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9 Comments
  • B. Carfree September 17, 2015 at 8:22 pm

    I like your Oregon Trail re-creation idea. Back in the late 1990’s, the Mormons did a Mormon Trail re-creation wagon ride to celebrate the sesquicentennial of their original crossing to Utah. I briefly considered joining them (my ancestors were part of the original), but the psychological cost of joining a church was a bridge too far for me, even for what looked like a very fun adventure. I went for a nice cycling tour near the Pacific Coast instead.

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  • Dead Salmon September 17, 2015 at 8:49 pm

    Looks like people are still taking wagons on the Oregon Trail:
    http://www.equitrekking.com/articles/entry/all_american_wagon_train_across_america/

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  • Dead Salmon September 17, 2015 at 8:56 pm

    FYI, historic place to stay in La Grande:
    http://www.oregontravels.com/lagrande/stangemanor/index.html

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  • Lenny Anderson
    Lenny Anderson September 18, 2015 at 6:58 am

    A great book by a woman who with her husband followed the original Oregon Trail from Independence, MO to here: “The Wake of the Prairie Schooner” by Irene Paden. They did it over a number of years in the 1930s and 40s when the actual route was more evident. Its a fun read as well. It was recommended to me years ago by my late friend, Grace Bartlett of Joseph, OR who founded and directed the historical museum there.

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  • Carter Kennedy September 18, 2015 at 9:02 am

    It might have been nice of you to buy a copy of the newspaper instead of just photographing it through the window of the vending machine. Doing so would support a local business and help the local economy.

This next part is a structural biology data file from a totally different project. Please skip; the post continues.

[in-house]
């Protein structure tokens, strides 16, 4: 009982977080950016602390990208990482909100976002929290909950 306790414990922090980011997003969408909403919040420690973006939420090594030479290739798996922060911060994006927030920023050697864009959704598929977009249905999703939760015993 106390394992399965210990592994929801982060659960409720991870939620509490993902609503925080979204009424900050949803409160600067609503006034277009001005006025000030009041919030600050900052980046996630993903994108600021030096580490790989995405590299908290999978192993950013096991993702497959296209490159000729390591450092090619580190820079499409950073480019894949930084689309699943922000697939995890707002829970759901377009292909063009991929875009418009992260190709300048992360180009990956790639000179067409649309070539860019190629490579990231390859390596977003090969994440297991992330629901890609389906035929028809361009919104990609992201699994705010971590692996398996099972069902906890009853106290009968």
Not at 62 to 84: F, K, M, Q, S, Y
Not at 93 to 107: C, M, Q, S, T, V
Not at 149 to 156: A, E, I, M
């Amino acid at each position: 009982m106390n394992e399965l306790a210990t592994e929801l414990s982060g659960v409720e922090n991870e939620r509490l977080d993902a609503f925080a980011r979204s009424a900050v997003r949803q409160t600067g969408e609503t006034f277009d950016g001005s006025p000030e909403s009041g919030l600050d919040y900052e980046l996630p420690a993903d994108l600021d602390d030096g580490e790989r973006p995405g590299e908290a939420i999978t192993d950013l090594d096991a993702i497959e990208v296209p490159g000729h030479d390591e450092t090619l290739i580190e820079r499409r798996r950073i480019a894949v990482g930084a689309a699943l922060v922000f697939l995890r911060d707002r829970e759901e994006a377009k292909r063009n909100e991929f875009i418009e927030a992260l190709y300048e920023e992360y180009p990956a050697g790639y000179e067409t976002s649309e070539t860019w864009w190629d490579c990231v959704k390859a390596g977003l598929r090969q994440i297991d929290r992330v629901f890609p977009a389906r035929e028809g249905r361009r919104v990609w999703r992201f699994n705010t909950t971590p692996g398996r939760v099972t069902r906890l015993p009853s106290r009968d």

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    • SilkySlim September 18, 2015 at 9:17 am

      Oh my goodness…. Seriously? Is a week of travel and a multi-part series highlighting the region not enough?

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    • rain waters September 18, 2015 at 10:10 am

      Still no thumbs down otion in these comments??

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  • bethh September 18, 2015 at 3:08 pm

    Book rec: The Oregon Trail – A New American Journey by RInker Buck. It just came out this year and recounts his adventures crossing from Missouri to Oregon on the Trail in a mule-pulled wagon in 2011. It was nothing short of fascinating.

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  • Mike Sanders September 19, 2015 at 9:37 pm

    Another good OR Trail read is “The Oregon Trail Revisited.” On my shelf is the silver anniversary edition of ths popular work which was completely rewritten in 1997. Many have driven the back roads which form the remnants of the OT thru the instructions in this book. Well researched, too. Gregory M. Franzwa’s book is a must have for any true OR Trail fan. Should be rewritten for cyclists!

    I, too, like the idea of restoring the OT as a bike / ped route. With the likelihood increasing that the Bicentennial Trail (national bike route 76) will be routed across Oregon, that idea should be persued. The Columbia Gorge Sfate Trail might well be part of that corridor, too. So might the Springwater. Worth consideration!